Trooping the FX Colour

Last week, during the celebrations of Her Majesty’s 90th birthday, my son and I both accidentally watched the Trooping of the Colour on telly. We’d both just sat down for a break from the day’s activities, him in Winchester, me in Lincoln, and surfed until we found something which looked interesting. Steve, who is currently training for ordained pioneer ministry in the C of E, rang me later in the day and we got to reflecting on the event, which neither of us had seen before in all its glory. We got to asking the question, which I’m sure many of my readers must have pondered long and hard themselves,  ‘What would a Fresh Expression of the Trooping of the Colour’ look like?

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My immediate reaction was ‘You’ll be lucky!’ We’ve always done it this way, with its pomp, dressing up in ridiculous uniforms, outdated music, strange jargon, impenetrable hierarchy and unalterable precision. And all that, of course, is exactly what people love, and why the crowds turn out to watch it. It’s what makes people feel ‘proud to be British’, with our history of military domination and imperialism. I simply couldn’t imagine (and to be fair neither could Steve) what a Fresh Expression would look like.

On further reflection, however, one motif from this ceremony really struck me. Many of the people marching around  Horseguards’ Parade had, a few months earlier, been on active service in some of the most troubled parts of our world. The point was made more than once that the skills learned on the parade ground were the same skills which made soldiers so effective, and indeed might even have saved their lives,  on the battlefield. Not of course that they march around the mountains of Afghanistan wearing bright red tunics and playing the tuba, but character attributes like discipline, teamwork, precision, unquestioning obedience, pride in quality and so on are exactly the things which, when learned on the square, can prove so vital in war.

There is a very big question around helping the strange and arcane things we do in the churches of our land on Sunday mornings to be expressed in some fresh ways, and whether that is even possible, given our attraction to ‘the way we’ve always done it’. But I wonder whether there is a prior question. What are we instilling into Christian disciples on a Sunday morning which might quite literally be life-savers when they get onto the battlefield?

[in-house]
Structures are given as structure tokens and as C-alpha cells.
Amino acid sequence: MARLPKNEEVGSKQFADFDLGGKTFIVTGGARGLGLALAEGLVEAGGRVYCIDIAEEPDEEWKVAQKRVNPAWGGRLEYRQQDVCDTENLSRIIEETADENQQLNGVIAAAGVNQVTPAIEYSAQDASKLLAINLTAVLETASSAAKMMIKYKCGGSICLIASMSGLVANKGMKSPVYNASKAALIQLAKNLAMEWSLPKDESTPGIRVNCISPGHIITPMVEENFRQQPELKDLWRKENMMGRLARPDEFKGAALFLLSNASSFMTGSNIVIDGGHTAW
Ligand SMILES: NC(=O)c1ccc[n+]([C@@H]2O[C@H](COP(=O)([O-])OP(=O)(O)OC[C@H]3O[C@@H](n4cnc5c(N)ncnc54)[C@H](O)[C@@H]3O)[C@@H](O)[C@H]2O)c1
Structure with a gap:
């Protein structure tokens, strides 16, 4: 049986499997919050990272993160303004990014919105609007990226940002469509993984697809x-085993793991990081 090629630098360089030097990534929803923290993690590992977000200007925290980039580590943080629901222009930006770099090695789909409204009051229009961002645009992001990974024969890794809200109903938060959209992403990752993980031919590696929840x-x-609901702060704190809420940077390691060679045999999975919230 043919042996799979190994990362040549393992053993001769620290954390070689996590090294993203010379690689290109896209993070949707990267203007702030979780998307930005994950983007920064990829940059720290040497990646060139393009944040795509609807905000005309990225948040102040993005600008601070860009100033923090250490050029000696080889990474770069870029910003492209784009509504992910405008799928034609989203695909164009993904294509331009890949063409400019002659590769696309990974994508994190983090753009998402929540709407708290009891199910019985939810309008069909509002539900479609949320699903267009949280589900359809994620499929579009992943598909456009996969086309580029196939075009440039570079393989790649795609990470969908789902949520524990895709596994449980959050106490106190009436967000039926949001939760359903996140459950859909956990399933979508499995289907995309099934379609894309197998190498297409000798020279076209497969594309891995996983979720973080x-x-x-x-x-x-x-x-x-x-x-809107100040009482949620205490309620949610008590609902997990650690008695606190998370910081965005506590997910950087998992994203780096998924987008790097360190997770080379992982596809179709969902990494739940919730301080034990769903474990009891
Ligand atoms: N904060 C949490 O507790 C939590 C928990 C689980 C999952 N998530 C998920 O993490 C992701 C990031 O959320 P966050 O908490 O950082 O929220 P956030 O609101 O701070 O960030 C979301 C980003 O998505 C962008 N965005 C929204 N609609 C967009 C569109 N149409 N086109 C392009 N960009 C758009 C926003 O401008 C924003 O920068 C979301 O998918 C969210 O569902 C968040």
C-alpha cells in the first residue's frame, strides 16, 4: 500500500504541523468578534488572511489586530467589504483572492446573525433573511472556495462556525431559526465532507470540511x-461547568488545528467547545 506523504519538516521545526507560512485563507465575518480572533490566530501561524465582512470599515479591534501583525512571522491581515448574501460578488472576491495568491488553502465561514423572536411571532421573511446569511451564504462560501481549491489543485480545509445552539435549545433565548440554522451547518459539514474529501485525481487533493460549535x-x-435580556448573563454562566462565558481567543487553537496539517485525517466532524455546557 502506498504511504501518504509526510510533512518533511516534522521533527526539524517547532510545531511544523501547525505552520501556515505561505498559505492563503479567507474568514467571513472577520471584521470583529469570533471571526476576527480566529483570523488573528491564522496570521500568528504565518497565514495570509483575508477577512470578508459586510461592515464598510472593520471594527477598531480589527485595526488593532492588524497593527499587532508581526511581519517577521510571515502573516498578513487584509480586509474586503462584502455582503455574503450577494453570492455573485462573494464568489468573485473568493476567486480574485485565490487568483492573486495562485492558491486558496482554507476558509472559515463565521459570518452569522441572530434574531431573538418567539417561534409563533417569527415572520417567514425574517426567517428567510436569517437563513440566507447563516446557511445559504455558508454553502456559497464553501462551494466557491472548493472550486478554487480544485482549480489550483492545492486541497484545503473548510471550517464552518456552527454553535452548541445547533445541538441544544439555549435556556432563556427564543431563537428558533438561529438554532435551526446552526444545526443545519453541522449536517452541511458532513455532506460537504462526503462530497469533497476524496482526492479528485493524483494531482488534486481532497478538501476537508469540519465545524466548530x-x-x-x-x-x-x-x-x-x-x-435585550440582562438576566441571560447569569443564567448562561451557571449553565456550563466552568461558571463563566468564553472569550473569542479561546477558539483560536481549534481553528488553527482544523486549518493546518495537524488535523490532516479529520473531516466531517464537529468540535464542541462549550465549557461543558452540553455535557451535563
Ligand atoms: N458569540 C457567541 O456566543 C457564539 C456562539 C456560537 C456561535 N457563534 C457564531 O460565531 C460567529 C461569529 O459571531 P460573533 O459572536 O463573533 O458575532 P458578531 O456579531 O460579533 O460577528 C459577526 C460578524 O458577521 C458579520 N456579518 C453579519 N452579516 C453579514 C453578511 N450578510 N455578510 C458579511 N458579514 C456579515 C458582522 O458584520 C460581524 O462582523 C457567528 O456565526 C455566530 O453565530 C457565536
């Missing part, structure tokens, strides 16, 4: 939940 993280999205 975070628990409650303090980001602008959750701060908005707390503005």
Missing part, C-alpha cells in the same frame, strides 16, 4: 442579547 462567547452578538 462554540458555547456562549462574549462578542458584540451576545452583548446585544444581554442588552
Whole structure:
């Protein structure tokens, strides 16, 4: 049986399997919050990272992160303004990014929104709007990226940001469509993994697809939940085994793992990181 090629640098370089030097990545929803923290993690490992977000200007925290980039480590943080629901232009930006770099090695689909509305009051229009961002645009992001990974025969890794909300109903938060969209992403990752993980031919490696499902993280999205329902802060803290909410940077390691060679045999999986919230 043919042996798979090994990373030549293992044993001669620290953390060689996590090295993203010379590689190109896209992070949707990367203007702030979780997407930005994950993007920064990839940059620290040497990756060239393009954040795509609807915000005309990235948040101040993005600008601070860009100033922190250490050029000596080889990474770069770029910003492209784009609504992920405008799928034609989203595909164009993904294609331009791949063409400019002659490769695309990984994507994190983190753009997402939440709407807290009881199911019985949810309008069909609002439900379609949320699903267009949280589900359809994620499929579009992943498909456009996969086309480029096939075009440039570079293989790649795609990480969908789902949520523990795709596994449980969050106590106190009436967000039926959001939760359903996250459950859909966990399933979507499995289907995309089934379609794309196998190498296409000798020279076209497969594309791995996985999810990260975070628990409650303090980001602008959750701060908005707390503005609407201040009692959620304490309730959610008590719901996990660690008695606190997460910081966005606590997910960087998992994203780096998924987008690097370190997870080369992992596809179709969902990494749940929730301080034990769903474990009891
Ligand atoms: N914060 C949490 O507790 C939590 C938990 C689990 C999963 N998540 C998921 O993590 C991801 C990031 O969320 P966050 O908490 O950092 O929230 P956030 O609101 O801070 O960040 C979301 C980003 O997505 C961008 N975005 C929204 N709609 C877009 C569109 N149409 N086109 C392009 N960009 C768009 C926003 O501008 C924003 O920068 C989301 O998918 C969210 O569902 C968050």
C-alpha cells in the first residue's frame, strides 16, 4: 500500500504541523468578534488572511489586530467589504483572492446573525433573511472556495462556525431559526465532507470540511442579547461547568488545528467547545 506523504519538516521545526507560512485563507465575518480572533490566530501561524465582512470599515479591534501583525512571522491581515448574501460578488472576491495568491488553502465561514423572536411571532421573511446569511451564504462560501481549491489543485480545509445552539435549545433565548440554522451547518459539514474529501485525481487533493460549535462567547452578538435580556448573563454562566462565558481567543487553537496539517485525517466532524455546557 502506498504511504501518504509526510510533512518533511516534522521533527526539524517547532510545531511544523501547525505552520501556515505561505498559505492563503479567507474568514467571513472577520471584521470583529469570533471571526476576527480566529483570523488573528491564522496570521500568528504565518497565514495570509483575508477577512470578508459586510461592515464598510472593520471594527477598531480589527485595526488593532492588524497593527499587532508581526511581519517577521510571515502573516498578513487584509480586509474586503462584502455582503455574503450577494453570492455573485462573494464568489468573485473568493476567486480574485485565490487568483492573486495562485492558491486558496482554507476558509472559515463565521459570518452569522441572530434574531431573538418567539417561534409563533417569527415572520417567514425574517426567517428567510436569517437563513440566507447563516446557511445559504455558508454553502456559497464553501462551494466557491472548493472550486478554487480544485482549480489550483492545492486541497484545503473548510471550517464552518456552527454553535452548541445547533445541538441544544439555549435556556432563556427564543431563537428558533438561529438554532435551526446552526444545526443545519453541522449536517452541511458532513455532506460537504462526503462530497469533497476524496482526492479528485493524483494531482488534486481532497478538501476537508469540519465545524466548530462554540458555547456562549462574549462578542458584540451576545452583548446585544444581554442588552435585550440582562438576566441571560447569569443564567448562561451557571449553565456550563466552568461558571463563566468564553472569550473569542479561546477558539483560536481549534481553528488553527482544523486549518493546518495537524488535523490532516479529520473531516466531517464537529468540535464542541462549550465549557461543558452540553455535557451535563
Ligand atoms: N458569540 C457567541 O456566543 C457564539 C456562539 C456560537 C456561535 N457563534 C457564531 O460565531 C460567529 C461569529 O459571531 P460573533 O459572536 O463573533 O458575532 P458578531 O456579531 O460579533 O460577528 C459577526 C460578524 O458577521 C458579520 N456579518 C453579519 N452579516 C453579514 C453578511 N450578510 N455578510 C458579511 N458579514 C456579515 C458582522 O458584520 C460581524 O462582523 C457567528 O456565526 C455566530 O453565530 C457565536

What’s Church For? Church as ‘Old Folks’ Club’ Part 2

Last week I ventured the suggestion that the church, or at least my Anglican bit of it, had an elderly culture, and I suggested that this was due at least in part to the fact that we don’t really feel happy with young leaders, and that we don’t have a convincing culture of retirement. I want to say more about both these issues, so let me begin with the first.

At least 20 years ago I heard a talk from some hierarch from Church House in which we were told that the C of E had come to its senses and ceased the policy of sending young ordinands back into the ‘secular’ world to get a bit of experience. Not surprisingly those who were told to ‘come back when you’re 35’ seldom did, as they had settled into life with a family, a career (and a decent salary to go with it) and so on. But as far as I can gather this policy is still alive and well. My friend Ian Paul discusses this very subject in his blog: http://www.psephizo.com/life-ministry/encouraging-younger-ordinands/ . He quotes from Bob Jackson who claims that

the loss of young ordinands has been a major self-inflicted wound from which the Anglican Church is suffering and that the loss of young clergy has been a major cause of both the ageing and the shrinking of congregations.

The average age of ordinands is around 40, which means that after training and a curacy we don’t really have church senior leaders under 45. And as I said last week chronological age isn’t the whole story: at least some ordinands have been thoroughly socialised into Anglican elderliness long before they ever get let loose on a parish. If you think that ‘You shall go out with joy’ is the cutting edge of contemporary worship that’s a good warning sign.

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Key gatekeepers in the ordination process are the DDOs (Diocesan Directors of Ordinands), who apparently vary in their understanding of the need for ‘Fresh Expressions’ of church, or of the role of the newly created ‘Ordained Pioneer Ministry’ pathway to ordination. So the default mode can easily be that we continue to select and train those who ‘look the part’ in terms of inherited modes of church. Better safe than sorry.

The church is trying hard to promote younger vocations to ordained ministry, with its ‘Call Waiting’ website (callwaiting.org.uk) and regular open days and events. But in spite of some healthier statistics so far the landscape seems to be changing very slowly, and I wonder whether more might be done in terms of deliberate targeting of the kind of churches which are full of young people in their teens and twenties. Sadly many of these churches do not always work hard at celebrating their Anglicanism, which makes their potential ordinands an even riskier proposition, so there may be an even bigger job to be done in winning the hearts of younger people, to whom denominations mean very little, to the Anglican cause.

Of course this all sounds terribly ageist, and of course I’m not wanting to say that we only need young clergy. But I do believe that there is an immense imbalance to correct. This is not just about who feels called to ordination: this is about the heart of the church, which has grown old and tired and which desperately needs an injection of the sorts of things which younger people can bring. But I also believe that we need to work at the other end of the spectrum too, and think hard about the lack of a culture of retirement. Come back next week!